Some time ago, I stubled upon a video like this one:
This may not even be the most amazing one of those, since Heihachi Mishima has not the most visually inspiring fighting style (those enjoying Tekken know).
However, a number of other videos by the same performer, Eric Jacobus, followed, quickly covering most of the characters in the Tekken roster, and even characters from other fighting games, such as Street Fighter, Virtua Fighter, and so on.
When I started working on fighting games, I was following this video series thinking that Eric was re-enacting movelists out of fun. However, at some point I watched this:
…and I understood that Eric is a professional performer, actor and stuntman. Moreover, I already knew his work since at that time I was playing God of War (and still am – yes, I’m slow), and the movements of Kratos were Eric movements. I was immediately interested in the point of view of a professional who is able to both mimicks existing movements of specific characters and create movements around a specific character. I won’t get into much detail here, but the two sides mirror in a interesting way the functions of mirror neurons, in that they both code performed movements and movements that are perceived when performed by others. The most interesting point, however, is that what you know about the performer intentions (being you or another person) affects your perception, imagined intentions, and performance, mimicry included.
As such, I wrote Eric and asked for a few rounds of questions/answers, to which he generously agreed. Here I report the interview.
Hello Eric, and thank you for kindly accepting to be interviewed. I think this will provide some interesting insight.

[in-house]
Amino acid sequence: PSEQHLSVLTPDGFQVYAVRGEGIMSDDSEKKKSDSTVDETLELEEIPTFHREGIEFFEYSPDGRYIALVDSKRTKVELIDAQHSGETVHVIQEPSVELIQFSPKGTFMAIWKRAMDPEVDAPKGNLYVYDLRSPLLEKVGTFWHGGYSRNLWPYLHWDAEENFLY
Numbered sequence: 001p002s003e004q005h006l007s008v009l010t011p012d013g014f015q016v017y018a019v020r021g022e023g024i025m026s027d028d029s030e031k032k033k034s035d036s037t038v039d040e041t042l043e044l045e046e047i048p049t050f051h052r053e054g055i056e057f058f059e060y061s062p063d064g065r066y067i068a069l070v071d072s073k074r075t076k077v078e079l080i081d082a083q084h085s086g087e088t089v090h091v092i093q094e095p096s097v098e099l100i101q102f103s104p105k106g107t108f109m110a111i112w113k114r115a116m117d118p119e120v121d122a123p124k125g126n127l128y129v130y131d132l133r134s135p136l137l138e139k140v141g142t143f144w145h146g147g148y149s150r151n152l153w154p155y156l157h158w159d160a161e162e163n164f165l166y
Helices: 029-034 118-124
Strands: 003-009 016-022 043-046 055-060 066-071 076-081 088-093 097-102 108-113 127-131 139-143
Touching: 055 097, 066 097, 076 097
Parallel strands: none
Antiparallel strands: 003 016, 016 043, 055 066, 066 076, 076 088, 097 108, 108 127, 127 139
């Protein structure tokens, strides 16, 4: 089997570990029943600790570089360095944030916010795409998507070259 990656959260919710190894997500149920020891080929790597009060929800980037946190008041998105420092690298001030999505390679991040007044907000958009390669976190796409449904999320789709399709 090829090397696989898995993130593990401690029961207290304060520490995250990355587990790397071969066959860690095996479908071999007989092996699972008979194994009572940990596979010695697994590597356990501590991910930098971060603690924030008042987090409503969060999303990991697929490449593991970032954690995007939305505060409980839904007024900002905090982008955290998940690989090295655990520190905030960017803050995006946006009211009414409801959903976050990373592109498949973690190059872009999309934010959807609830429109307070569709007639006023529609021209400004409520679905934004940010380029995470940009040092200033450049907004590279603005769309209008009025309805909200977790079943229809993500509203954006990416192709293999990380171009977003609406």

Alan: Can you describe your job and roles that you cover as a professional martial artist?
Eric: Hi Alan thanks for the opportunity. My primary role is as an actor, stuntman, and action designer for film, TV, and video games. My higher goal in this is showing how average people can create using the tools that are available on the market, and using tech as a tool without being sucked in by it.
Alan: How many games did you work on?
Eric: Probably 10 or so by now. My first was Mafia III and the next big title was God of War in 2016. I’ve done small parts in The Last Of Us 2 and Spider-Man as well as some titles I can’t talk about at the moment.
Alan: Speaking about your contribute to games development, do you work exclusively with motion capture? If not, what are the differences in working with or without motion capture?
Eric: I started out only in motion capture, but I’m moving more into development. The tools out there give us the chance to take this technology into our own hands without relying on studios to create interactive content, but we have to grasp what’s there first, and that requires looking forward. If your eye isn’t on the market, you’ll only be in the here and now, which is a fleeting moment.
Alan: Do you know whether Tekken, Street Fighter, Mortal Kombat and Soulcalibur use motion capture or not?
Eric: I don’t know whether Street Fighter uses much, but the rest definitely do. It’s standard procedure for many games now. Otherwise an animator has to do it by hand.
Alan: I know that you studied mirror neurons at an amateur level. How did this help you in performing better?
Eric: I studied mirror neurons because I was fascinated by the simple question: what drives us to mimic one another? How does perception reverberate through the brain and create action in our bodies? What they found in mirror neuron studies was that our motor neurons fire when we perform an action. And when we witness another person (or some entity that we believe can reciprocate) perform that action, those same motor neurons fire. And if that person or entity intends to do an action, and we can perceive that intention, those neurons fire in the same way. Whether our motor system acts on that defines so much of who we are. If you see someone dancing, do you want to get up and dance? Or do you clamp down and prevent yourself from dancing? These things might be what ultimately differentiate extraverts from introverts. As an introvert (bordering on Aspergers), I’m very good at mimicking others, but I usually hate doing it, so I’ll do math in my head to prevent myself from mimicking them and create mathematical patterns as a distraction. However, when I’m told to mimic a video game character, I do it without hesitation, and I can do it exactly how they need it done (physical limitations aside). Studying this has helped me greatly as a motion capture performer.